MOSCOW, August 15 (RIA Novosti) - In the midst of forthcoming midterm elections, US immigration policy is not likely to become the primary issue in Southeast Arizona were 25 percent of the population is Latino, TIME reports.
“Immigration I think is a piece of it [election battle], [but] I don’t think it’s a determining factor. I think it’s more economy, more jobs, more fiscal responsibility,” stresses Edmund Marquez, a senior member of the Tucson Hispanic Chamber of Commerce, as cited by TIME.
Arizona is facing numerous economic issues which overshadow immigration concerns. For instance, Arizonians are trying to save the Davis-Monthan Air Force base, one of the top-three employers in the region, from potential cuts.
"Immigration is still there, just not the same level of intensity of two years ago…when it was front and center," explains Bill Roe, the Arizona Democratic Party representative.
The immigration problem has not come into the focus of political ads of two candidates: Martha McSally, a Republican candidate, and US Rep. Ron Barber, D-Ariz.
However, experts point out that Martha McSally is still likely to discuss immigration in her campaign. In her recent statement McSally blamed Ron Barber for rejecting H.R.5230 "Secure the Southwest Border Act of 2014."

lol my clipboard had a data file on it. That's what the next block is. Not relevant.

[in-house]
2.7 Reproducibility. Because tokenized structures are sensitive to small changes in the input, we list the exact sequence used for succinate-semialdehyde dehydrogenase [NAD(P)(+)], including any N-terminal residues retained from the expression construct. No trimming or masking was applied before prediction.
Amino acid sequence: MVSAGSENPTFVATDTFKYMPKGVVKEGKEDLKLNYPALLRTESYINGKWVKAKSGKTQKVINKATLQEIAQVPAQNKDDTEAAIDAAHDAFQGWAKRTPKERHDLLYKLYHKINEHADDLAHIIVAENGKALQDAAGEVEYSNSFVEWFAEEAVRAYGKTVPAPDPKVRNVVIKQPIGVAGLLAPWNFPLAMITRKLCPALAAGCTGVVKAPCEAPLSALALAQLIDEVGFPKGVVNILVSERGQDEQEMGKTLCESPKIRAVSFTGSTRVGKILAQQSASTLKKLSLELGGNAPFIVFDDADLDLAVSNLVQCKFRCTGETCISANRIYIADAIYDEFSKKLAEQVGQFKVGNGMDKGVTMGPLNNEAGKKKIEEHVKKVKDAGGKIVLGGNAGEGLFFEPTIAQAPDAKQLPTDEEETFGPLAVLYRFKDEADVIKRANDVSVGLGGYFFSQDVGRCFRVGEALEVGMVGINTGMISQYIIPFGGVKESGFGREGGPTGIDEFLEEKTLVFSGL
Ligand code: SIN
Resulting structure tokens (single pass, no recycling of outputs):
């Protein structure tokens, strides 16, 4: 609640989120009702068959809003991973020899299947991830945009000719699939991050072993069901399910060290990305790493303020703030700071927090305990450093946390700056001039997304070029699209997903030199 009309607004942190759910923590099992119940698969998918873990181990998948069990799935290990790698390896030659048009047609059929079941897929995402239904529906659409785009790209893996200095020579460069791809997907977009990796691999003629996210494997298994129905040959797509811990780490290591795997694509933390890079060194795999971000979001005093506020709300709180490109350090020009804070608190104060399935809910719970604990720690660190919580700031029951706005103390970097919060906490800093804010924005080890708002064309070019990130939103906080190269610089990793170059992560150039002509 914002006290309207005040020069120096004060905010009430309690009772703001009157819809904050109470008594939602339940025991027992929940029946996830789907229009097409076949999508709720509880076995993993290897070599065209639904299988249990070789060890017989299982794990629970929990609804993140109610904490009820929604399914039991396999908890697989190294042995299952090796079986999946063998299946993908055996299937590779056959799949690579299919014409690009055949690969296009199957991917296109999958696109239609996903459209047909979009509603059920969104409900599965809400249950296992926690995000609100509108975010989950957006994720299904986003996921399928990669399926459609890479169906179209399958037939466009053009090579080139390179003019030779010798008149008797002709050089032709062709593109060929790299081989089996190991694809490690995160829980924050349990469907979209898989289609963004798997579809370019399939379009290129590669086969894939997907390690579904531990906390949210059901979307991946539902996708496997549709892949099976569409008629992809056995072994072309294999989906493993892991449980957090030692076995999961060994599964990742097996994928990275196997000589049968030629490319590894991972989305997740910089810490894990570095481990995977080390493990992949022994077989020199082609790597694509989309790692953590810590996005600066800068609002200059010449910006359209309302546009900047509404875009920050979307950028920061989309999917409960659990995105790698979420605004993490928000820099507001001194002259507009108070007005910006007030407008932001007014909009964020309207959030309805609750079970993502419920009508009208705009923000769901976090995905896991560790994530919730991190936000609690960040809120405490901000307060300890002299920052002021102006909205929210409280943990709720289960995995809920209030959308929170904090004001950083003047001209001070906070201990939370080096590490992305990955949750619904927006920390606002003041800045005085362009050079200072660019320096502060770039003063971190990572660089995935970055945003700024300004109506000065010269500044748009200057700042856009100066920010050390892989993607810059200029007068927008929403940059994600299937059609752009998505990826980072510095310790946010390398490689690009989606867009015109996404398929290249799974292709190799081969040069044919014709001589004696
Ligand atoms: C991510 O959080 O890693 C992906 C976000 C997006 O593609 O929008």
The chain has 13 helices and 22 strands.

"Despite an ongoing border crisis in Southern Arizona, Congressman Barber rejected legislation to provide $694 million to help secure the border and provide humanitarian assistance for over 50,000 unaccompanied minors," she emphasized.
According to the statement Ron Barber "voted against," particularly, "increasing humanitarian assistance for unaccompanied minors including medical care and treatment, vaccinations, bedding, education services, and therapy for children who have experienced trauma or abuse during transit."
Congressman Barber dismissed the accusations, claiming that "the vote was "essentially political theater," since the House legislation has no chance of passing the Senate," according to TIME.
Indeed, the measures, promoted by the bill, "are unlikely to become law," as the Washington Post reported earlier this month. The legislation is aimed at speeding "the deportations of most border-crossers and rescind President Obama's authority to decide whether to deport certain illegal immigrants." The White House most Democrats and immigration advocates object to the legislation.
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